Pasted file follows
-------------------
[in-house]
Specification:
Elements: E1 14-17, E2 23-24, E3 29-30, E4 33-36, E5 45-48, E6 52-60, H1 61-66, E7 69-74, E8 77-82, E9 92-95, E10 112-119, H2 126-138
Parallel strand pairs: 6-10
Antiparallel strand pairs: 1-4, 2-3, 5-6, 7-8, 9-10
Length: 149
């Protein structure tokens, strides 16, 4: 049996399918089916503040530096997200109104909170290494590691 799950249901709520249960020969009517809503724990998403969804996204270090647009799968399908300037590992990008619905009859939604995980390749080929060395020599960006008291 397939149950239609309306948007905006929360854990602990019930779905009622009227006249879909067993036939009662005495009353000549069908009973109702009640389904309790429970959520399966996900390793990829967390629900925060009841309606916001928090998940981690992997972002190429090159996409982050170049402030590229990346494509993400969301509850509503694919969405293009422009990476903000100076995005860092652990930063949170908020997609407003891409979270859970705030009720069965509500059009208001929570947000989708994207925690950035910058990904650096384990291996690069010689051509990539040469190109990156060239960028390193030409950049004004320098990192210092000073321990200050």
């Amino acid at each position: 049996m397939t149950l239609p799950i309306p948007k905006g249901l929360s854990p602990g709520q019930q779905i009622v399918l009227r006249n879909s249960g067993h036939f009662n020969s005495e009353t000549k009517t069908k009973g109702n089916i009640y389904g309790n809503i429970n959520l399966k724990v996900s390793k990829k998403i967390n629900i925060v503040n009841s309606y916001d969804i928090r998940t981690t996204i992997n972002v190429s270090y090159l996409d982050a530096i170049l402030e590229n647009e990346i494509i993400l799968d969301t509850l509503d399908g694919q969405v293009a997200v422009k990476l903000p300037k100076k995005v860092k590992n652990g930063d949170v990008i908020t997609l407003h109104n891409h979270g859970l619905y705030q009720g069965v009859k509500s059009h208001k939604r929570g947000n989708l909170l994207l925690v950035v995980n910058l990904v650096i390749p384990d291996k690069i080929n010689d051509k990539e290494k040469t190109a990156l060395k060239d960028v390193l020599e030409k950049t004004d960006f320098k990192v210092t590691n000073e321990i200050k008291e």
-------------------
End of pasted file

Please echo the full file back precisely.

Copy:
[in-house]
Specification:
Elements: E1 14-17, E2 23-24, E3 29-30, E4 33-36, E5 45-48, E6 52-60, H1 61-66, E7 69-74, E8 77-82, E9 92-95, E10 112-119, H2 126-138
Parallel strand pairs: 6-10
Antiparallel strand pairs: 1-4, 2-3, 5-6, 7-8, 9-10
Length: 149
């Protein structure tokens, strides 16, 4: 049996399918089916503040530096997200109104909170290494590691 799950249901709520249960020969009517809503724990998403969804996204270090647009799968399908300037590992990008619905009859939604995980390749080929060395020599960006008291 397939149950239609309306948007905006929360854990602990019930779905009622009227006249879909067993036939009662005495009353000549069908009973109702009640389904309790429970959520399966996900390793990829967390629900925060009841309606916001928090998940981690992997972002190429090159996409982050170049402030590229990346494509993400969301509850509503694919969405293009422009990476903000100076995005860092652990930063949170908020997609407003891409979270859970705030009720069965509500059009208001929570947000989708994207925690950035910058990904650096384990291996690069010689051509990539040469190109990156060239960028390193030409950049004004320098990192210092000073321990200050």
């Amino acid at each position: 049996m397939t149950l239609p799950i309306p948007k905006g249901l929360s854990p602990g709520q019930q779905i009622v399918l009227r006249n879909s249960g067993h036939f009662n020969s005495e009353t000549k009517t069908k009973g109702n089916i009640y389904g309790n809503i429970n959520l399966k724990v996900s390793k990829k998403i967390n629900i925060v503040n009841s309606y916001d969804i928090r998940t981690t996204i992997n972002v190429s270090y090159l996409d982050a530096i170049l402030e590229n647009e990346i494509i993400l799968d969301t509850l509503d399908g694919q969405v293009a997200v422009k990476l903000p300037k100076k995005v860092k590992n652990g930063d949170v990008i908020t997609l407003h109104n891409h979270g859970l619905y705030q009720g069965v009859k509500s059009h208001k939604r929570g947000n989708l909170l994207l925690v950035v995980n910058l990904v650096i390749p384990d291996k690069i080929n010689d051509k990539e290494k040469t190109a990156l060395k060239d960028v390193l020599e030409k950049t004004d960006f320098k990192v210092t590691n000073e321990i200050k008291e």